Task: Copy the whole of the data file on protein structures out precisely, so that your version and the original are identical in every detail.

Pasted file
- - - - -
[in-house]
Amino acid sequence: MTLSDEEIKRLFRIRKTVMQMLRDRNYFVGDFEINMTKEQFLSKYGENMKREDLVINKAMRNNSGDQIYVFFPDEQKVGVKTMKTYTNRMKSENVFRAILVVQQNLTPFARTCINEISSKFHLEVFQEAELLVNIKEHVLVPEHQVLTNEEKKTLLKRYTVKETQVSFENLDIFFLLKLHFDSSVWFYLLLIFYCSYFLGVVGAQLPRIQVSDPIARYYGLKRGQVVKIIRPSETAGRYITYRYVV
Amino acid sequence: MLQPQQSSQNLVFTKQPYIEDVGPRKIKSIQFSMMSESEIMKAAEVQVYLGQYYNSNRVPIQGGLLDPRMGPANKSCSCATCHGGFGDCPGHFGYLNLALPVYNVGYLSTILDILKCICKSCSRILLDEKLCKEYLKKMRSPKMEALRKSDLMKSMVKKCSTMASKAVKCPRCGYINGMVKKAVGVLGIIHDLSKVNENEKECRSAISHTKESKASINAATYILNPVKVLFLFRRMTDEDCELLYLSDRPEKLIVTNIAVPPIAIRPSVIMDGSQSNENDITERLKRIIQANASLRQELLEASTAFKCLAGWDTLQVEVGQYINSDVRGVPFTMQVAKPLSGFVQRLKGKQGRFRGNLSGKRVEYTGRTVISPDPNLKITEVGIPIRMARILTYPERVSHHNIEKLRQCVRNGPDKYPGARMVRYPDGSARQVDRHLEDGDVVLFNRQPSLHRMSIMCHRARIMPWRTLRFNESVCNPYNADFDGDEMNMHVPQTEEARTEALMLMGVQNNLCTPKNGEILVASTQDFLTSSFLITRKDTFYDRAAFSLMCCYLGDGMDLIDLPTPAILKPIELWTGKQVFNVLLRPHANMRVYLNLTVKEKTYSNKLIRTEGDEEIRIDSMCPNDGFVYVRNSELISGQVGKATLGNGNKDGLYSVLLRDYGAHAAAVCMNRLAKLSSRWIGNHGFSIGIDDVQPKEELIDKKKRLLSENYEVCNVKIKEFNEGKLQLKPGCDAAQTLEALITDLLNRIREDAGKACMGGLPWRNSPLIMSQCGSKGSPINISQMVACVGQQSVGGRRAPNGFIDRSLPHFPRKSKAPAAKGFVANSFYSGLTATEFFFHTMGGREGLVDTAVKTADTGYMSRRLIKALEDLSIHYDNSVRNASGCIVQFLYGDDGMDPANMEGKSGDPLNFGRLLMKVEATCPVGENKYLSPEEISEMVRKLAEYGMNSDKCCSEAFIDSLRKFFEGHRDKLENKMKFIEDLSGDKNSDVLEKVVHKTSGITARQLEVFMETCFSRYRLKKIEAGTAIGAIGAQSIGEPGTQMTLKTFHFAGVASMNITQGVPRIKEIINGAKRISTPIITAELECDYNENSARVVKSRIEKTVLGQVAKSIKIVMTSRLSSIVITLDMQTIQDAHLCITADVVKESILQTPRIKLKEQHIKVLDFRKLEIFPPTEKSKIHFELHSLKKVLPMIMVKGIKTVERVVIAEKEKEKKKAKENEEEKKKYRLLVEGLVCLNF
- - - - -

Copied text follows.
[in-house]
Amino acid sequence: MTLSDEEIKRLFRIRKTVMQMLRDRNYFVGDFEINMTKEQFLSKYGENMKREDLVINKAMRNNSGDQIYVFFPDEQKVGVKTMKTYTNRMKSENVFRAILVVQQNLTPFARTCINEISSKFHLEVFQEAELLVNIKEHVLVPEHQVLTNEEKKTLLKRYTVKETQVSFENLDIFFLLKLHFDSSVWFYLLLIFYCSYFLGVVGAQLPRIQVSDPIARYYGLKRGQVVKIIRPSETAGRYITYRYVV
Amino acid sequence: MLQPQQSSQNLVFTKQPYIEDVGPRKIKSIQFSMMSESEIMKAAEVQVYLGQYYNSNRVPIQGGLLDPRMGPANKSCSCATCHGGFGDCPGHFGYLNLALPVYNVGYLSTILDILKCICKSCSRILLDEKLCKEYLKKMRSPKMEALRKSDLMKSMVKKCSTMASKAVKCPRCGYINGMVKKAVGVLGIIHDLSKVNENEKECRSAISHTKESKASINAATYILNPVKVLFLFRRMTDEDCELLYLSDRPEKLIVTNIAVPPIAIRPSVIMDGSQSNENDITERLKRIIQANASLRQELLEASTAFKCLAGWDTLQVEVGQYINSDVRGVPFTMQVAKPLSGFVQRLKGKQGRFRGNLSGKRVEYTGRTVISPDPNLKITEVGIPIRMARILTYPERVSHHNIEKLRQCVRNGPDKYPGARMVRYPDGSARQVDRHLEDGDVVLFNRQPSLHRMSIMCHRARIMPWRTLRFNESVCNPYNADFDGDEMNMHVPQTEEARTEALMLMGVQNNLCTPKNGEILVASTQDFLTSSFLITRKDTFYDRAAFSLMCCYLGDGMDLIDLPTPAILKPIELWTGKQVFNVLLRPHANMRVYLNLTVKEKTYSNKLIRTEGDEEIRIDSMCPNDGFVYVRNSELISGQVGKATLGNGNKDGLYSVLLRDYGAHAAAVCMNRLAKLSSRWIGNHGFSIGIDDVQPKEELIDKKKRLLSENYEVCNVKIKEFNEGKLQLKPGCDAAQTLEALITDLLNRIREDAGKACMGGLPWRNSPLIMSQCGSKGSPINISQMVACVGQQSVGGRRAPNGFIDRSLPHFPRKSKAPAAKGFVANSFYSGLTATEFFFHTMGGREGLVDTAVKTADTGYMSRRLIKALEDLSIHYDNSVRNASGCIVQFLYGDDGMDPANMEGKSGDPLNFGRLLMKVEATCPVGENKYLSPEEISEMVRKLAEYGMNSDKCCSEAFIDSLRKFFEGHRDKLENKMKFIEDLSGDKNSDVLEKVVHKTSGITARQLEVFMETCFSRYRLKKIEAGTAIGAIGAQSIGEPGTQMTLKTFHFAGVASMNITQGVPRIKEIINGAKRISTPIITAELECDYNENSARVVKSRIEKTVLGQVAKSIKIVMTSRLSSIVITLDMQTIQDAHLCITADVVKESILQTPRIKLKEQHIKVLDFRKLEIFPPTEKSKIHFELHSLKKVLPMIMVKGIKTVERVVIAEKEKEKKKAKENEEEKKKYRLLVEGLVCLNF